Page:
CWB March 2004

 

Communication Breakdown

 

The 'Fatal Mistakes' series continues with the symptoms of — and cures for — reluctant leaders.

 

By Anthony Noel

Last month we introduced a new series, "Fatal Mistakes." The premise is that there are five main operational areas within any business and ignoring symptoms of "illness" in any one of these areas can prove fatal. Those five operational areas are: Costs, Capital Expenditures, Marketing, Overall Management Approach and Communication.

We began last month with Communication, and the ailment of Deafness. Now we move on to a close relative of Deafness, Muteness.

 

In human physiology, deafness and muteness often go hand in hand and tend to be strongly related in terms of their seriousness. For example, a person who has lost half his hearing ability often speaks somewhat unclearly, for he is unable to properly hear himself. As total deafness approaches, speech suffers more and more.

In business, similar correlations can be drawn. But, as we pointed out last month, Deafness among managers is a choice, not an involuntarily acquired affliction.

 

Still, while it is possible to have one without the other, Deafness and Muteness in management situations are often fueled by each other. It is pretty hard, after all, to speak up about something when you refuse to hear what's happening.

 

Some indicators that symptoms of managerial Muteness has or will develop include: No regular meetings with key people, be they employees, customers or suppliers; no annual (or better yet, twice-a-year) reviews with every employee; and discomfort with the idea of being a leader, manager, employer — whatever you want to call it.

 

As for the first two of these indicators, remember something we said last time: Most of the maladies we will cover in this series are contagious. Employees get them from management.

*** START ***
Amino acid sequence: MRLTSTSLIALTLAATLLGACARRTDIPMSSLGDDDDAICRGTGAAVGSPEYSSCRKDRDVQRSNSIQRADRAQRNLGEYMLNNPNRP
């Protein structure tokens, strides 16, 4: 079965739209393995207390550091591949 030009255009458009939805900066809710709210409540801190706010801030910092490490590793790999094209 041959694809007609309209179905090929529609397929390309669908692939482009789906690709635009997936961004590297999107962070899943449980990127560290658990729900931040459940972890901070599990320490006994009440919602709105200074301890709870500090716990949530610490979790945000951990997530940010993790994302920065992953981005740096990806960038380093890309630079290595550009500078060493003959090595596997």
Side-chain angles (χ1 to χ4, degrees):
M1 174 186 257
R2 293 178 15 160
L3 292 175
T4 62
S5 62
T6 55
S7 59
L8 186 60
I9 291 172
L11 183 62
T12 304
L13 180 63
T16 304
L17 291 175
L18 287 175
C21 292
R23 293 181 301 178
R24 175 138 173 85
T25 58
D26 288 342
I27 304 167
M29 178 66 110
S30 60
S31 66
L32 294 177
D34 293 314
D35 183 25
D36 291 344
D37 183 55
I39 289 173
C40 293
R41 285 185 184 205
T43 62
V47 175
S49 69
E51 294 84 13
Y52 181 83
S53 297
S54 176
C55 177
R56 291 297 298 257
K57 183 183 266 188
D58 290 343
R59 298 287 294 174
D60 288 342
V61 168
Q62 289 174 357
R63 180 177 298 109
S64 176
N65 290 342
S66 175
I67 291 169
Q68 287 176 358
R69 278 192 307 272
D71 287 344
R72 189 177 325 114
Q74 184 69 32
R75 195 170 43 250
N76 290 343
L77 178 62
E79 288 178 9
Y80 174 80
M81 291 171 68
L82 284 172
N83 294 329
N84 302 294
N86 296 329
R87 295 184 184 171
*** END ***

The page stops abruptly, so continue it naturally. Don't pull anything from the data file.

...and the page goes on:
Like it or not, as a manager, you are being watched — and your example will be followed by most of your people. Unless you consistently (not constantly — there is a difference, and we will look at it next month when we discuss Terminal Friendliness) remind people that you want them to come to you and speak their mind, they are far less likely to do so. But if you give reminders and make a point of meeting with employees on a regular basis, you give them ample opportunity to be heard - and you give yourself the chance to correct little problems before they morph into big ones.

 

When you meet, listening (the opposite of Deafness) is crucial. But after you have listened, speaking up is just as important. If you remain Mute, those you work with will only feel that they have wasted their breath — increasing the odds that they will choose Muteness themselves in the future.

 

All of this is very nice and logical. But what if you suffer from discomfort with your role as a manager in the first place? This threat of Muteness is less related to Deafness than the first two.

 

If the very thought of speaking up about things you see or hear and don't like sends you into a cold sweat, don't worry. You can overcome it.

 

For starters, don't beat yourself up for being a reluctant leader. You are not alone. Anybody who tells you it is easy to lead is full of malarkey. This goes even for a so-called "natural born leader."